I had a roommate in the 1980s who grew up in Ivory Coast and was training to go back as a bush pilot. Some time after he returned to Africa, not Ivory Coast but I don’t remember which country he was in, he sent me a letter. He had been on a raft trip that imcluded another male pilot and a female doctor. A hippo attacked their raft and the 3 of them. He was dragged down under the water, played dead, and after awhile the hippo released him. He was injured but able to reach the shore where he passed out. Meanwhile the hippo attacked the other 2. The other pilot had major injuries to his legs and was never able to fly again. The doctor was killed.
    Yesterday I was talking to a woman who grew up in Africa as a missionary kid, and she remembers hearing about a doctor who was killed by a hippo, and thinks it may have been the same doctor. But we don’t know.

  7. Jennifer Barrows

    “Lions, tigers and cheetahs…” ??? The only tiger you are going to find in Africa is possibly at a zoo. They are in Asia, not Africa. Might want to amend this story.

  8. Parlanee Reid

    At least one can speculate that the falling piano deaths last noise might be artfully like that ending of that good old reliable by the Beatles….A day in the life! ” i heard the news today Oh boy…”

  9. Penni Blow

    i am enjoying all the comments. you guys are some very cool and intelligent people. i love hippos. yet i hve never actually talked to one. and i had no idea i could be eaten if the conversation went wrong. yikes.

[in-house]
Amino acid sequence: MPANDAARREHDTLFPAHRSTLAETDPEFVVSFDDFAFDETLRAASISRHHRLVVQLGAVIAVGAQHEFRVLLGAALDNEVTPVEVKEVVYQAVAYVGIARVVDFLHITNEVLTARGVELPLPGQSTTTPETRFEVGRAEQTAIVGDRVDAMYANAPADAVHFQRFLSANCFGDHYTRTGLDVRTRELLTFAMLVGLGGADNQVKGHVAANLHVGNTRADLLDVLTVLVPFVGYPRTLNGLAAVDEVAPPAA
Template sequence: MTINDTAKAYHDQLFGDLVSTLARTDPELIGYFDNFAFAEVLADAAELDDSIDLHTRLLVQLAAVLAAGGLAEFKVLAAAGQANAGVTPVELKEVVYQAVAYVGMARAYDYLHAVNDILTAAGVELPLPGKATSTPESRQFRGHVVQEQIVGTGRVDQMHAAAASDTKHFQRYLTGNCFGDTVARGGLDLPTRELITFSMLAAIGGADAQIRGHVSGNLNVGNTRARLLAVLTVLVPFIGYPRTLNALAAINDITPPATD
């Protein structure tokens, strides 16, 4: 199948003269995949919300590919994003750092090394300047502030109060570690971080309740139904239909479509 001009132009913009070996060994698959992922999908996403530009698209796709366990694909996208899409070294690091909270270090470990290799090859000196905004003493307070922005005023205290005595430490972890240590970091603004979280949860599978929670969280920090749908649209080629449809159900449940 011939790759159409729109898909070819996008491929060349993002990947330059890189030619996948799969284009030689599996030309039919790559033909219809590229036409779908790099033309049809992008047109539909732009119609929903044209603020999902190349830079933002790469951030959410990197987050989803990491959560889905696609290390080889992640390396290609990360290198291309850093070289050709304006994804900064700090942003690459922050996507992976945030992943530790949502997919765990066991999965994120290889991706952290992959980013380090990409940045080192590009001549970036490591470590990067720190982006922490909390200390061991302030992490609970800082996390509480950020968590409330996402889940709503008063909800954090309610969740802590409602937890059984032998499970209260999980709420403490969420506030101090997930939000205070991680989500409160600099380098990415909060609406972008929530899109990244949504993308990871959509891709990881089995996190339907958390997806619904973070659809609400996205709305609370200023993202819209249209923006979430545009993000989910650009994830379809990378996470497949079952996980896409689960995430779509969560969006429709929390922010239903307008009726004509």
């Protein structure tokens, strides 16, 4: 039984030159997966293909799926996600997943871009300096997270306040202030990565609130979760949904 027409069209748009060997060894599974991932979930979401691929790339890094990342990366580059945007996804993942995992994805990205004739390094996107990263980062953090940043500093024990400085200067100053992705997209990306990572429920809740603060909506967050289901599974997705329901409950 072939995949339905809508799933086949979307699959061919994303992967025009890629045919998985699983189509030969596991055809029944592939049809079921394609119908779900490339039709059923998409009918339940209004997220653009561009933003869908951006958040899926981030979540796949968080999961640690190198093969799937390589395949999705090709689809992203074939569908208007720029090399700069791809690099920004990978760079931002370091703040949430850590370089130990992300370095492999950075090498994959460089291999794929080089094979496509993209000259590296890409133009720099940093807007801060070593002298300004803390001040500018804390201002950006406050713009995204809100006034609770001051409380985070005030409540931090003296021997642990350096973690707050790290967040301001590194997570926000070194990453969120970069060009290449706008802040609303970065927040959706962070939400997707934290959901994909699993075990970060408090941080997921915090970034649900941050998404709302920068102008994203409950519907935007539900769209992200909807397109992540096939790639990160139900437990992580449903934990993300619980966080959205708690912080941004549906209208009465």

• Anna

      No they are herbivores. They are just not very good at assessing situations so they attack when feel threatened.

      • Me

        Wrong. New observations have shown that hippos do eat meat, just not as much as veggies. They are omnivores, though. They can assess a situation just fine: if you’re in its territory, it will remove you. Period.

        • GuM

          While Hippos are primarily herbivores, there has been sightings of them eating meat rarely. This usually happens if there is a nutrition problem. A Hippo’s digestive system is not built for eating meat though.

          • Eric

            They are also known to eat meat on special occasions, such as Memorial Day, and family reunions.

  10. Jeff Williams